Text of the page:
“It is a dilemma to find infant and toddler care in Nobles County,” Rogers said. Licensed to care for up to 12 children — including one infant and two toddlers — she’s submitted two variance requests within the last month and both were denied. During the winter months, she has just three to six kids in her daycare.
“If we think we can’t handle it, we don’t ask for the variance,” she said. “I need more kids to build my business, and I need to help friends out there that need infant and toddler daycare.”
A survey conducted by Human Services in September showed there are openings for infants in Nobles County. Of the 52 surveys distributed, 38 were returned. The results showed 25 infant openings county-wide, including two in Adrian, three in Brewster, three in Rushmore, two in Ellsworth and 15 in Worthington. In at least two of those instances, daycares were licensed for up to two infants but preferred not to have them in their care.
As for families not wanting to split siblings between two different daycares, Mahoney said she had to do it for five months when her own children were young.
“There will be inconveniences, but I think people want what’s best for their kids and want the best care for their kids,” she said. “We’re not being unreasonable.”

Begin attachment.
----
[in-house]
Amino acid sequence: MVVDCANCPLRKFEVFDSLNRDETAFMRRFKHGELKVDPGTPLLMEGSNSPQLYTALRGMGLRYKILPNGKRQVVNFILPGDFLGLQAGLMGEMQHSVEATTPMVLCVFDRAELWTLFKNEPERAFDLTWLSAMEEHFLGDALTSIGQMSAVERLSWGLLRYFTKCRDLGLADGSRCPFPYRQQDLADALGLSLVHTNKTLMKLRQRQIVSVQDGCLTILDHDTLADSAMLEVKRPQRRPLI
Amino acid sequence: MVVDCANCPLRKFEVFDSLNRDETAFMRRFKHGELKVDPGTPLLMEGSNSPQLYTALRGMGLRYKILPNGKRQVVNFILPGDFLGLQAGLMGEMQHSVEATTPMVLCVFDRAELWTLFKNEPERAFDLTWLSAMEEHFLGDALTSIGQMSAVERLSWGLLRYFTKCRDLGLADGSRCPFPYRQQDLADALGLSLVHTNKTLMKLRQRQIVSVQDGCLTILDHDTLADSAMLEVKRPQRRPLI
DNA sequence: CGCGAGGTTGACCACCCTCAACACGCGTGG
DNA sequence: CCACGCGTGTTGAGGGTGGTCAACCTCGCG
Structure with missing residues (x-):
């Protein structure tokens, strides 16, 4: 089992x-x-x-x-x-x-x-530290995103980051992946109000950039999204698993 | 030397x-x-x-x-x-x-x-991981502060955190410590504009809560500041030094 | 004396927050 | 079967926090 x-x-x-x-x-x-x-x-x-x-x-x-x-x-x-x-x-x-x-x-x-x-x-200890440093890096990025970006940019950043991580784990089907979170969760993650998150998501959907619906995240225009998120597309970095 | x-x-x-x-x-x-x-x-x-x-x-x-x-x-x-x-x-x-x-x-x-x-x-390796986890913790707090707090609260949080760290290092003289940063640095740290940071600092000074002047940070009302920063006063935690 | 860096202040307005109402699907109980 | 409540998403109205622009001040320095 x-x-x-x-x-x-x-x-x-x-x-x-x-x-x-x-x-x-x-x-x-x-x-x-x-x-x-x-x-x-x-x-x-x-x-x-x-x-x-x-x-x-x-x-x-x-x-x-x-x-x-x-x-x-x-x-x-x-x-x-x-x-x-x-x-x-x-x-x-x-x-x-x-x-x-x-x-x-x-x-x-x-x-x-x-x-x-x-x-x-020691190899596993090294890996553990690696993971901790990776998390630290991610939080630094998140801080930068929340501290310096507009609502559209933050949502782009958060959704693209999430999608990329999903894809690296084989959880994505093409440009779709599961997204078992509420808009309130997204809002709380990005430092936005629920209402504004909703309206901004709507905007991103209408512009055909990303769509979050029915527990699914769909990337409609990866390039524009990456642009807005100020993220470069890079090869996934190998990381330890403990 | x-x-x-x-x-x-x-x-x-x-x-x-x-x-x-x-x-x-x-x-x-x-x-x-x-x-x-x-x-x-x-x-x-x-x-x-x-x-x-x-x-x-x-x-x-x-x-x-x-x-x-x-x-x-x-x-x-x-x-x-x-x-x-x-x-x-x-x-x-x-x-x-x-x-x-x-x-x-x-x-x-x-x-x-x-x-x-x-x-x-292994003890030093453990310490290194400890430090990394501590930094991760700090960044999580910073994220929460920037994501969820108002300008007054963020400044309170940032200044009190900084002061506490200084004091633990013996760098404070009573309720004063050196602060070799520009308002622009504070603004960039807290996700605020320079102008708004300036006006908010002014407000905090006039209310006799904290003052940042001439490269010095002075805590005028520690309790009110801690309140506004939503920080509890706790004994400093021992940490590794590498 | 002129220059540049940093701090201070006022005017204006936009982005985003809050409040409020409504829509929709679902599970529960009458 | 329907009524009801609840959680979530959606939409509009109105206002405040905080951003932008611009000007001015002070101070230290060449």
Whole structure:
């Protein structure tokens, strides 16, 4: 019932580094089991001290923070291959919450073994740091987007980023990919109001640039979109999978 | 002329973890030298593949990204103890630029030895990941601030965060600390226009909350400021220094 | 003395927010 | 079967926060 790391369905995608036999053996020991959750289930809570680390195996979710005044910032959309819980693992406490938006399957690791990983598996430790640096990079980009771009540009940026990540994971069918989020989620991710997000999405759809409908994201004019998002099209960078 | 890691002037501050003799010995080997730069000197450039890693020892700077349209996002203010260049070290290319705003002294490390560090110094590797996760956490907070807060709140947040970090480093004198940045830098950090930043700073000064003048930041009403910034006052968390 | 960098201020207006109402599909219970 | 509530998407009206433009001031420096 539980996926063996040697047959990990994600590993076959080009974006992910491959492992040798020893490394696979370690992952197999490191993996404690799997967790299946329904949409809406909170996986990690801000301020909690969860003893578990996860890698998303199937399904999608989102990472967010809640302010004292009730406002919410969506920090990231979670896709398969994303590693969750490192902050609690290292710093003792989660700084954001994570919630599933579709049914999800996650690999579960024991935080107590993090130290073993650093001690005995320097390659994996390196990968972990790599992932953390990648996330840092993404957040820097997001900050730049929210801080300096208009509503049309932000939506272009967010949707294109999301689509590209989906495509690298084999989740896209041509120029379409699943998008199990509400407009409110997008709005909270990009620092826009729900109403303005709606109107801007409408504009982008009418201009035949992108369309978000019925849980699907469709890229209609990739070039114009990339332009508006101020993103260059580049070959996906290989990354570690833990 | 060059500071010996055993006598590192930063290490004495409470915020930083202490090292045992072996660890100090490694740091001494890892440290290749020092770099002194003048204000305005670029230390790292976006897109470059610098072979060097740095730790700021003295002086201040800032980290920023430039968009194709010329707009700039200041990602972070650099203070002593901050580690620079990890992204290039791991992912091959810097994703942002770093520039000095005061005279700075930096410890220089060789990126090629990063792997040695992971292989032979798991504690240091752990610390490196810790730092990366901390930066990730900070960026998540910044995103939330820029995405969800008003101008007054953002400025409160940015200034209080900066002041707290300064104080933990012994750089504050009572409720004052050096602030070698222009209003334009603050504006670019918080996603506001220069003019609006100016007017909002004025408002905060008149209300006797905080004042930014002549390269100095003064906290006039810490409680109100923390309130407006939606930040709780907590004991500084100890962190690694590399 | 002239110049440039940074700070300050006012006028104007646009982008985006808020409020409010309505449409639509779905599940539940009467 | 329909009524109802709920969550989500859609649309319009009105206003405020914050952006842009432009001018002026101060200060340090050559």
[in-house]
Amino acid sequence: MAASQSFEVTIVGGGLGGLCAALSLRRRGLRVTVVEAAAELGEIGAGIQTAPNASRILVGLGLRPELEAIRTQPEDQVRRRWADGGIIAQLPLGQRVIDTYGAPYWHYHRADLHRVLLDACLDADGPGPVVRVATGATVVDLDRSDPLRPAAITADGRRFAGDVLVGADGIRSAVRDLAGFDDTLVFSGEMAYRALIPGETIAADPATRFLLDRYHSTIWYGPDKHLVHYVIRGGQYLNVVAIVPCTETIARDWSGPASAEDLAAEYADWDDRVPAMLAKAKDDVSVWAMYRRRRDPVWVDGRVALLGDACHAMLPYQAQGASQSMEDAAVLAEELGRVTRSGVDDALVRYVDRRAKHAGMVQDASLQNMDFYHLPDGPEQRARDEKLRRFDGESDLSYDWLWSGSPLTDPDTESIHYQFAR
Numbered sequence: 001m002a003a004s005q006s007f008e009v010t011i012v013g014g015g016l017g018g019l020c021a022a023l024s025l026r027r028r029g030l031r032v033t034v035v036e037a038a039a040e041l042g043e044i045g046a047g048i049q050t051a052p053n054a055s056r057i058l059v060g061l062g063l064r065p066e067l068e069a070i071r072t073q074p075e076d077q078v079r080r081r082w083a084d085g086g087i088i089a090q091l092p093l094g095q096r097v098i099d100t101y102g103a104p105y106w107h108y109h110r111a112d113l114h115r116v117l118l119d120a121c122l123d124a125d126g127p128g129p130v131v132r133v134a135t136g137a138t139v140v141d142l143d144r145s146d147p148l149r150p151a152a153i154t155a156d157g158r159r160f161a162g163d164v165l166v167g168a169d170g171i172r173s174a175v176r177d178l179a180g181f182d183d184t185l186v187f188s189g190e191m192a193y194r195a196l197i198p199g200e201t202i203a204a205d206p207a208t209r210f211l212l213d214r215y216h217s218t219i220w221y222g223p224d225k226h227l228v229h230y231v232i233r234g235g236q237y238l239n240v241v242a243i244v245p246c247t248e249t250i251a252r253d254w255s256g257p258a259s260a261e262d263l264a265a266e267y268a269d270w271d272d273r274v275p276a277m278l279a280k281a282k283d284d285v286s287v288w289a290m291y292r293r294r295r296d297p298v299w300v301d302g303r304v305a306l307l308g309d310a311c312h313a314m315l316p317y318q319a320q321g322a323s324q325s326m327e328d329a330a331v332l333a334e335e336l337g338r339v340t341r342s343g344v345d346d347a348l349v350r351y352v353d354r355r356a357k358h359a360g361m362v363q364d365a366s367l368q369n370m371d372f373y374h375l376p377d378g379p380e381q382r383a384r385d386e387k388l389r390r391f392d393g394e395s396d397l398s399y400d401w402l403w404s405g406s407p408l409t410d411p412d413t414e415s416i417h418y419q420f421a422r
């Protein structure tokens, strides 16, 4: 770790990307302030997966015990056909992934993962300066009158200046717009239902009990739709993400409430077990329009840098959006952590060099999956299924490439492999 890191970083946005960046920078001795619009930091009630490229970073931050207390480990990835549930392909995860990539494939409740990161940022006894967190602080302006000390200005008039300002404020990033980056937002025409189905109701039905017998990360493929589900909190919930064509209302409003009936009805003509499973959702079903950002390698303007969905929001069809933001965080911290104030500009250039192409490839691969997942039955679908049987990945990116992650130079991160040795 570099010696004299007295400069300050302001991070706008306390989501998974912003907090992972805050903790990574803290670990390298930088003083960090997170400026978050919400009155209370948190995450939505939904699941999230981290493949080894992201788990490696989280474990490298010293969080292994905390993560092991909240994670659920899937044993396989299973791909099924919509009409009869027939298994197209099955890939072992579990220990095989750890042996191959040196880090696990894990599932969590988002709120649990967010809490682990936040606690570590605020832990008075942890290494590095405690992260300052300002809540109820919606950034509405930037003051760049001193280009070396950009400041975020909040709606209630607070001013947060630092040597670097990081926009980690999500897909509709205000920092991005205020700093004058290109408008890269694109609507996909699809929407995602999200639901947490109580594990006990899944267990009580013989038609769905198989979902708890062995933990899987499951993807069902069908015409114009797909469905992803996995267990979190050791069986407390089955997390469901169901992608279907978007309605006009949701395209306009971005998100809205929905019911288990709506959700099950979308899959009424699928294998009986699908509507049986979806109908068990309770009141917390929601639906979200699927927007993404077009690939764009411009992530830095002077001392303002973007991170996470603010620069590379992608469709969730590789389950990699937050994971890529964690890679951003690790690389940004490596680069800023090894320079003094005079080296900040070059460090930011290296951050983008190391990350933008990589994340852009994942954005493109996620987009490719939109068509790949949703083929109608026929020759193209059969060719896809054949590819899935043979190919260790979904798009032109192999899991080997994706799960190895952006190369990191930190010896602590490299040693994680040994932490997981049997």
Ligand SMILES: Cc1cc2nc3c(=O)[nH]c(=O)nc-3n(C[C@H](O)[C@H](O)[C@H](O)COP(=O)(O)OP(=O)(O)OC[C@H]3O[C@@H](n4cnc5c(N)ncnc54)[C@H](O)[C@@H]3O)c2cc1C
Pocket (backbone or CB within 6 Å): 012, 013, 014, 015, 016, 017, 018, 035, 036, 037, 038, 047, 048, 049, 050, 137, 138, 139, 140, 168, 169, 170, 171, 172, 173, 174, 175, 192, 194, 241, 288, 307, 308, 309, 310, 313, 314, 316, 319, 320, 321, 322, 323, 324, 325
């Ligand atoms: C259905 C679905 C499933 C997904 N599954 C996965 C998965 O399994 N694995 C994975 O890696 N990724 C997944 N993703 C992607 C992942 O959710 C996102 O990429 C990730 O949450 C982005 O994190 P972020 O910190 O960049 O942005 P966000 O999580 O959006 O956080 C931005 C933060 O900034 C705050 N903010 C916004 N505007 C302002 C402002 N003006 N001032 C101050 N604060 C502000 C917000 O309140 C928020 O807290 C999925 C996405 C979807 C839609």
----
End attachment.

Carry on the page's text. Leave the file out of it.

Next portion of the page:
Nobles and Pipestone county Human Services officials say safety is the reason behind their decision to shorten the length of variances.
Though Mahoney said they have not had any safety issues in the past, she wants to avoid situations where a provider may become overwhelmed or can’t perform at their “greatest potential” because an extra infant is allowed in their care for an extended period of time.
“It’s all about keeping kids safe and giving the providers the opportunity to do the best job they can do,” she said. “I believe in good quality, licensed care and these women are giving that.”
The rule tightening on variance requests began in January under the direction of daycare licensor Deb Clem. Since then, Nobles County has received 27 requests for variances. Of those, seven were approved, 14 were denied and six were either not submitted in writing or were withdrawn.
“The ones that were denied, we gave them other options,” Mahoney said, adding that all of the providers could change their licensure to the highest level, which allows for a total capacity of 14 children, including up to three infants and one toddler. To be licensed at that level, however, a second adult must be hired to help care for the children.
“I know there are some very unhappy providers, but I don’t think there are many instances where that is not an option for them,” Mahoney said.